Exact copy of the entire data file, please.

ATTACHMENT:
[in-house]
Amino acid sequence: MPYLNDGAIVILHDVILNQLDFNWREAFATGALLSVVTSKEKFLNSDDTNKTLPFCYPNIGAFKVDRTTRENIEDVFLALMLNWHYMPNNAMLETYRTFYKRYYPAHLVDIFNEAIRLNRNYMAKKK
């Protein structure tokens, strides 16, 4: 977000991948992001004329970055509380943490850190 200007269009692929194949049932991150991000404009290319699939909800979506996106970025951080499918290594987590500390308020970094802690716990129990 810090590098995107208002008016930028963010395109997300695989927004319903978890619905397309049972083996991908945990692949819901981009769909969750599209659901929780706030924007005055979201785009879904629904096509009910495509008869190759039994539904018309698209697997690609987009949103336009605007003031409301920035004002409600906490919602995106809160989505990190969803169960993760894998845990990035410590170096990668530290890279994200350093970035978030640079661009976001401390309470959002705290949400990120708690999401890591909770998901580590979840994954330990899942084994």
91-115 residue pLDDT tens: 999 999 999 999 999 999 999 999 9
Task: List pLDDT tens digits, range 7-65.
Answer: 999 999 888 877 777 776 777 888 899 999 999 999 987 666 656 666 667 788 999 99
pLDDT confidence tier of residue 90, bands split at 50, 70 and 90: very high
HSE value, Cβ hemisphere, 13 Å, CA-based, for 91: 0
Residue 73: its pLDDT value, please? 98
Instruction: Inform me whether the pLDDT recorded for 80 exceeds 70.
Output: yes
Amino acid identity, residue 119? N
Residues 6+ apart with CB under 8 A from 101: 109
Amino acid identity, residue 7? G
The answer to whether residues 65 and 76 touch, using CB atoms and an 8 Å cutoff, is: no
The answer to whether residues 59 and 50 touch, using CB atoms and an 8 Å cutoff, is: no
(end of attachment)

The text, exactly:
[in-house]
Amino acid sequence: MPYLNDGAIVILHDVILNQLDFNWREAFATGALLSVVTSKEKFLNSDDTNKTLPFCYPNIGAFKVDRTTRENIEDVFLALMLNWHYMPNNAMLETYRTFYKRYYPAHLVDIFNEAIRLNRNYMAKKK
């Protein structure tokens, strides 16, 4: 977000991948992001004329970055509380943490850190 200007269009692929194949049932991150991000404009290319699939909800979506996106970025951080499918290594987590500390308020970094802690716990129990 810090590098995107208002008016930028963010395109997300695989927004319903978890619905397309049972083996991908945990692949819901981009769909969750599209659901929780706030924007005055979201785009879904629904096509009910495509008869190759039994539904018309698209697997690609987009949103336009605007003031409301920035004002409600906490919602995106809160989505990190969803169960993760894998845990990035410590170096990668530290890279994200350093970035978030640079661009976001401390309470959002705290949400990120708690999401890591909770998901580590979840994954330990899942084994």
91-115 residue pLDDT tens: 999 999 999 999 999 999 999 999 9
Task: List pLDDT tens digits, range 7-65.
Answer: 999 999 888 877 777 776 777 888 899 999 999 999 987 666 656 666 667 788 999 99
pLDDT confidence tier of residue 90, bands split at 50, 70 and 90: very high
HSE value, Cβ hemisphere, 13 Å, CA-based, for 91: 0
Residue 73: its pLDDT value, please? 98
Instruction: Inform me whether the pLDDT recorded for 80 exceeds 70.
Output: yes
Amino acid identity, residue 119? N
Residues 6+ apart with CB under 8 A from 101: 109
Amino acid identity, residue 7? G
The answer to whether residues 65 and 76 touch, using CB atoms and an 8 Å cutoff, is: no
The answer to whether residues 59 and 50 touch, using CB atoms and an 8 Å cutoff, is: no